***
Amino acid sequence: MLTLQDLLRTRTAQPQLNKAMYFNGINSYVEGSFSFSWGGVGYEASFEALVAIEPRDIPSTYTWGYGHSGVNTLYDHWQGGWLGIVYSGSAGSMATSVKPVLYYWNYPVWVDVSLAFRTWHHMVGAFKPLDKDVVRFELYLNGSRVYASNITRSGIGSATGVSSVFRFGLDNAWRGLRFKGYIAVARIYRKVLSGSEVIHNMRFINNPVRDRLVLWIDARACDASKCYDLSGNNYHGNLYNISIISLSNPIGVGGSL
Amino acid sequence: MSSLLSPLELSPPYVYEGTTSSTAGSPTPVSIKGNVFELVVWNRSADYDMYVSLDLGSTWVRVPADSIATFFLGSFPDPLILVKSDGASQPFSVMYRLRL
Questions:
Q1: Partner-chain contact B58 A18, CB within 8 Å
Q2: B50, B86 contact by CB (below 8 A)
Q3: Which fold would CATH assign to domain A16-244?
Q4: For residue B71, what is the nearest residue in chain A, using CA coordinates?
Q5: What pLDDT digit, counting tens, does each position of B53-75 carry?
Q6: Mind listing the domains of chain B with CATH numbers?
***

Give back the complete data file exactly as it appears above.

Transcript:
Amino acid sequence: MLTLQDLLRTRTAQPQLNKAMYFNGINSYVEGSFSFSWGGVGYEASFEALVAIEPRDIPSTYTWGYGHSGVNTLYDHWQGGWLGIVYSGSAGSMATSVKPVLYYWNYPVWVDVSLAFRTWHHMVGAFKPLDKDVVRFELYLNGSRVYASNITRSGIGSATGVSSVFRFGLDNAWRGLRFKGYIAVARIYRKVLSGSEVIHNMRFINNPVRDRLVLWIDARACDASKCYDLSGNNYHGNLYNISIISLSNPIGVGGSL
Amino acid sequence: MSSLLSPLELSPPYVYEGTTSSTAGSPTPVSIKGNVFELVVWNRSADYDMYVSLDLGSTWVRVPADSIATFFLGSFPDPLILVKSDGASQPFSVMYRLRL
Questions:
Q1: Partner-chain contact B58 A18, CB within 8 Å
Q2: B50, B86 contact by CB (below 8 A)
Q3: Which fold would CATH assign to domain A16-244?
Q4: For residue B71, what is the nearest residue in chain A, using CA coordinates?
Q5: What pLDDT digit, counting tens, does each position of B53-75 carry?
Q6: Mind listing the domains of chain B with CATH numbers?